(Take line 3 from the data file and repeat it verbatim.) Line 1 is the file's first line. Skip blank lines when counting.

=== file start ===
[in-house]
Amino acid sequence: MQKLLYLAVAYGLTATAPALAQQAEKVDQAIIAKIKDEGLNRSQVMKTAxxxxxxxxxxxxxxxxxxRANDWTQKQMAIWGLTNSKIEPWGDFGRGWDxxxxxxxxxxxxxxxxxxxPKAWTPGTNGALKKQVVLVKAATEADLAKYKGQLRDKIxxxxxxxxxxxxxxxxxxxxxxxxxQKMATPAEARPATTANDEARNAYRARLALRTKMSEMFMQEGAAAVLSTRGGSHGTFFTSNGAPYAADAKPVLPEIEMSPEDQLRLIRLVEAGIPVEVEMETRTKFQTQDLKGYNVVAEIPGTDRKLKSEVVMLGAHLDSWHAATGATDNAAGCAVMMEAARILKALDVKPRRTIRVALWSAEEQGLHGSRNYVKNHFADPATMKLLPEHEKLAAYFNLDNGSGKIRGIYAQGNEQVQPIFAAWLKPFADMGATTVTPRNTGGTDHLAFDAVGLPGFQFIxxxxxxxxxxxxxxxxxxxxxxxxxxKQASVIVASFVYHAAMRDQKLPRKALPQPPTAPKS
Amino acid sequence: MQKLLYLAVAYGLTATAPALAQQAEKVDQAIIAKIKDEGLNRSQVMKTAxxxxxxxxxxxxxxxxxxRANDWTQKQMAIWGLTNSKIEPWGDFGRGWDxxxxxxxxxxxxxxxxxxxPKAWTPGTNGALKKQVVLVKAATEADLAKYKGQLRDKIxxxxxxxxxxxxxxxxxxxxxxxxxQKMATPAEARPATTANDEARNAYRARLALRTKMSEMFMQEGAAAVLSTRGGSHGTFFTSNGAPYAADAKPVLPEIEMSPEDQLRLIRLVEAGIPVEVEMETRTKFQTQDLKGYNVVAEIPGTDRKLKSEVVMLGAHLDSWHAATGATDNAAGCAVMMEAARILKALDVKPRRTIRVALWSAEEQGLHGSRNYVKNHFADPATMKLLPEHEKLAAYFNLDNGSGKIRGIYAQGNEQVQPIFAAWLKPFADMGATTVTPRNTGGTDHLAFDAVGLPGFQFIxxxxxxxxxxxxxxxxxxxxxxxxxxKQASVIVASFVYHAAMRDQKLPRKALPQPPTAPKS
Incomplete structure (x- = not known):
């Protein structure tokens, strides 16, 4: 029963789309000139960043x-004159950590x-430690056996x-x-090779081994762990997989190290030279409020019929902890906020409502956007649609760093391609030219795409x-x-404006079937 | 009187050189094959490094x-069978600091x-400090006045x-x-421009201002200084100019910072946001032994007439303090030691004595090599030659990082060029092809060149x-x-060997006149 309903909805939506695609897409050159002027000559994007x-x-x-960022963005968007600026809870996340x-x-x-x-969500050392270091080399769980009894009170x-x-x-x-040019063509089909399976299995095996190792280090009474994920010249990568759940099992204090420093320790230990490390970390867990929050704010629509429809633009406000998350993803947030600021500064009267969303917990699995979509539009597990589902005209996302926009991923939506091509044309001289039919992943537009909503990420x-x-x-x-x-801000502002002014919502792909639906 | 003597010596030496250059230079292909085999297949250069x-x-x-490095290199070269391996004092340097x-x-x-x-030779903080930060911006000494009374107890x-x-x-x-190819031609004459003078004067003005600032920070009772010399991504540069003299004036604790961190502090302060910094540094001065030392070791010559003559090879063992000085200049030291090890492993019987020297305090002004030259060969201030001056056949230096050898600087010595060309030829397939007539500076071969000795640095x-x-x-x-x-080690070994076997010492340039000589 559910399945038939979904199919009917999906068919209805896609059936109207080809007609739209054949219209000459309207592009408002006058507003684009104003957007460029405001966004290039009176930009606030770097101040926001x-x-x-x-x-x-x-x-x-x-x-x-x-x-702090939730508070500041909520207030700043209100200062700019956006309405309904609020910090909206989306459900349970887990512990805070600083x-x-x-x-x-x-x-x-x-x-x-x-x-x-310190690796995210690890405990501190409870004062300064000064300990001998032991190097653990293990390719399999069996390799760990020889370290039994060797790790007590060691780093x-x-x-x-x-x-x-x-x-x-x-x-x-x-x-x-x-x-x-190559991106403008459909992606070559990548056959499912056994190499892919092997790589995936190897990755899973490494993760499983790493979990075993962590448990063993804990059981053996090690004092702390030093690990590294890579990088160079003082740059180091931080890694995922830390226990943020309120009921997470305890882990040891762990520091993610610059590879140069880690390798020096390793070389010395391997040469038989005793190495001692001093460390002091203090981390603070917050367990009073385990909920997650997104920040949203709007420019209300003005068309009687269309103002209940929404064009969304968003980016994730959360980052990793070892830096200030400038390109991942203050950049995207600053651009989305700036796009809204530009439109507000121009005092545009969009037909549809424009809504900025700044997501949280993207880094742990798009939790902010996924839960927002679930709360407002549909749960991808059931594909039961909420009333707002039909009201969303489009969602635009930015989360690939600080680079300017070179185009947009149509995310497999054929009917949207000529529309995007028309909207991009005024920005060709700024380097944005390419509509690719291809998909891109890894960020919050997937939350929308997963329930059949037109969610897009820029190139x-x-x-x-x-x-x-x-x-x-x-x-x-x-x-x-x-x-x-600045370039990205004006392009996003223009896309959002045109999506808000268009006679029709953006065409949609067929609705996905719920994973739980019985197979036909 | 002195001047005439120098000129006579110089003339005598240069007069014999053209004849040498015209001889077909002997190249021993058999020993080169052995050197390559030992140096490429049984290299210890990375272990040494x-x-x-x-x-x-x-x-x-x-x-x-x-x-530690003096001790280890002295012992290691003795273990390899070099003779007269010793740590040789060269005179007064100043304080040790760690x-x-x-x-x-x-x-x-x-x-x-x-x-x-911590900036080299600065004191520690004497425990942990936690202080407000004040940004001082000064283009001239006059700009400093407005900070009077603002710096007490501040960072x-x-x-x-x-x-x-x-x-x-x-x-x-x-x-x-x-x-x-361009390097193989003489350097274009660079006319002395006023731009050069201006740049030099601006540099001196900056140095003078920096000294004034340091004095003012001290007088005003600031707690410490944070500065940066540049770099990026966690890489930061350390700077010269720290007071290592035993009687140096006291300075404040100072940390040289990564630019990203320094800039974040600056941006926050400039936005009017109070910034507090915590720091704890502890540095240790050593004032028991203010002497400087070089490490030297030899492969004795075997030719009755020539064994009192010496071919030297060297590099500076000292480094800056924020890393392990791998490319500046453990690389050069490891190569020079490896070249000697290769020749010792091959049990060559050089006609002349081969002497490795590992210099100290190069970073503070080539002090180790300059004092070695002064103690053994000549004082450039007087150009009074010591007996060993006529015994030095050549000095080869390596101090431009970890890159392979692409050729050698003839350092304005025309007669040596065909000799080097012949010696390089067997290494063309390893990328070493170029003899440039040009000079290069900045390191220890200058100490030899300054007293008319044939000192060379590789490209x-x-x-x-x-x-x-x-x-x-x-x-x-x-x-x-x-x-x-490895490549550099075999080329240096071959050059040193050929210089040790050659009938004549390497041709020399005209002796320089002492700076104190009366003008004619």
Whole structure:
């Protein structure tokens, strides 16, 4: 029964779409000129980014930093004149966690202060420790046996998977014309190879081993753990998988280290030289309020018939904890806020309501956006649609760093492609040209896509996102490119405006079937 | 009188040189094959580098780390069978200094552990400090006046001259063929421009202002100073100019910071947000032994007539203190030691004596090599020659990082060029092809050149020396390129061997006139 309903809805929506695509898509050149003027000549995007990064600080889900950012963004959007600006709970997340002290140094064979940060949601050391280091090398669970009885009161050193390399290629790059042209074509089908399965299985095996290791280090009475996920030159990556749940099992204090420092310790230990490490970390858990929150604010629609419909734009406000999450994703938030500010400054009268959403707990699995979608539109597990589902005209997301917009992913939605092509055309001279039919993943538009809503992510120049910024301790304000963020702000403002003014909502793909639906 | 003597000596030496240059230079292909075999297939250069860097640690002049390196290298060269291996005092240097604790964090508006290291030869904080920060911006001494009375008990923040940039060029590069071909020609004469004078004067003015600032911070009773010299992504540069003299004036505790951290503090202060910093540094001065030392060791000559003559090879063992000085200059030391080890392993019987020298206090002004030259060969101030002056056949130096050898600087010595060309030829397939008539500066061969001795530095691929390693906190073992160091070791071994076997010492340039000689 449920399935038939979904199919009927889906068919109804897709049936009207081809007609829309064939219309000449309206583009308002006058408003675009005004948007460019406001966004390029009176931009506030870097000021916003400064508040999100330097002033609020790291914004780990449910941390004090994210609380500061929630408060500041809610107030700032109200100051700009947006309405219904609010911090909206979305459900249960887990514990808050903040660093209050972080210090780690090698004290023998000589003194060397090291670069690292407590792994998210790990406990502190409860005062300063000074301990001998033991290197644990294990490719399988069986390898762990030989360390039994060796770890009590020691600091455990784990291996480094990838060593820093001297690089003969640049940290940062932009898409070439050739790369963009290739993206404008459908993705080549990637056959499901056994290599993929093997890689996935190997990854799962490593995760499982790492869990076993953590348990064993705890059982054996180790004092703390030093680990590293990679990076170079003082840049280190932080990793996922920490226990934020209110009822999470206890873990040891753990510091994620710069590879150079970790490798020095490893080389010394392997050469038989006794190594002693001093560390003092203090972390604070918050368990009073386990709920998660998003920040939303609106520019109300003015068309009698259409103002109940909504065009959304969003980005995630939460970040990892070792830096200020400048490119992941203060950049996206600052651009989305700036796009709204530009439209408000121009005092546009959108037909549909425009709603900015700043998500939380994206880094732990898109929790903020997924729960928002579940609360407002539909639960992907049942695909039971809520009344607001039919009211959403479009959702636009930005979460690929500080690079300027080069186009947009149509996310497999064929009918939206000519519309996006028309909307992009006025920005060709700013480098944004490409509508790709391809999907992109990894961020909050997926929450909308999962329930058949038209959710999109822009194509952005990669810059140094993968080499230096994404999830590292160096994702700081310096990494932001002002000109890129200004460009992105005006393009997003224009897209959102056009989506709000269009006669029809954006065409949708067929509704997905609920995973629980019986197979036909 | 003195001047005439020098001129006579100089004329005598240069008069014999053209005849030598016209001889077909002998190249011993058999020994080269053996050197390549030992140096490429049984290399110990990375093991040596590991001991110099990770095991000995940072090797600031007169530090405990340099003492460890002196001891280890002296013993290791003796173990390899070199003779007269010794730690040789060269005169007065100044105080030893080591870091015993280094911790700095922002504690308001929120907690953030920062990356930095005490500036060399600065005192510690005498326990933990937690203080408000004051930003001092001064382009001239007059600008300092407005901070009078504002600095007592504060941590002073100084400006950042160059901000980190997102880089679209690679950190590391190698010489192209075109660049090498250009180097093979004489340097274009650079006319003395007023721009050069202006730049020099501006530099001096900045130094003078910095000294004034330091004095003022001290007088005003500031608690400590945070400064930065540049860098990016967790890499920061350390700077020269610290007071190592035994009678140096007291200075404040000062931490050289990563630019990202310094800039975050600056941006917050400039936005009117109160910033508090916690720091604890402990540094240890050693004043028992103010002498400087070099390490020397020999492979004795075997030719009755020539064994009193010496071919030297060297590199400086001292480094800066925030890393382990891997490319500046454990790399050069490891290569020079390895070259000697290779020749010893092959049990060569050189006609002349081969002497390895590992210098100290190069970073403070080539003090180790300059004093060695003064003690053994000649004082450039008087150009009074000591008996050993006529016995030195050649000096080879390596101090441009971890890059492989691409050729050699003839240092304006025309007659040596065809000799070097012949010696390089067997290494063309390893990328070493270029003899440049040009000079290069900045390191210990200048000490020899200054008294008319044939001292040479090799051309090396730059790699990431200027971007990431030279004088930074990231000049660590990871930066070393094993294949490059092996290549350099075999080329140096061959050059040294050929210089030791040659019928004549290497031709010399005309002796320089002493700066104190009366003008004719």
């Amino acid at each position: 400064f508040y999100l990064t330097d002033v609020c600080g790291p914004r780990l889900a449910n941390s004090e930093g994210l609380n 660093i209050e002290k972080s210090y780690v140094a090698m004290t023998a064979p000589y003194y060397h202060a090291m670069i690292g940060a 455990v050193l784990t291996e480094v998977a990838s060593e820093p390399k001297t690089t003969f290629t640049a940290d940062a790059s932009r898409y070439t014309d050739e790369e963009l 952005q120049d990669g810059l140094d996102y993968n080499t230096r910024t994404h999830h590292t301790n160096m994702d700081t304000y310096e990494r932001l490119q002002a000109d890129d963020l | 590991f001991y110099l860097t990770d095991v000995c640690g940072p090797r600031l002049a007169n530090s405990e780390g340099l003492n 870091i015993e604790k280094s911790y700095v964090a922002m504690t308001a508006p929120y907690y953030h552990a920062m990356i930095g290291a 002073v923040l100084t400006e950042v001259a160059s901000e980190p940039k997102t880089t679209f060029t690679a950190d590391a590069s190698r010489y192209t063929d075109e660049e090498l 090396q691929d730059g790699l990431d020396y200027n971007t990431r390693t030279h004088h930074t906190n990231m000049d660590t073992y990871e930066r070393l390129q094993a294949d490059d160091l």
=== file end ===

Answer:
Amino acid sequence: MQKLLYLAVAYGLTATAPALAQQAEKVDQAIIAKIKDEGLNRSQVMKTAxxxxxxxxxxxxxxxxxxRANDWTQKQMAIWGLTNSKIEPWGDFGRGWDxxxxxxxxxxxxxxxxxxxPKAWTPGTNGALKKQVVLVKAATEADLAKYKGQLRDKIxxxxxxxxxxxxxxxxxxxxxxxxxQKMATPAEARPATTANDEARNAYRARLALRTKMSEMFMQEGAAAVLSTRGGSHGTFFTSNGAPYAADAKPVLPEIEMSPEDQLRLIRLVEAGIPVEVEMETRTKFQTQDLKGYNVVAEIPGTDRKLKSEVVMLGAHLDSWHAATGATDNAAGCAVMMEAARILKALDVKPRRTIRVALWSAEEQGLHGSRNYVKNHFADPATMKLLPEHEKLAAYFNLDNGSGKIRGIYAQGNEQVQPIFAAWLKPFADMGATTVTPRNTGGTDHLAFDAVGLPGFQFIxxxxxxxxxxxxxxxxxxxxxxxxxxKQASVIVASFVYHAAMRDQKLPRKALPQPPTAPKS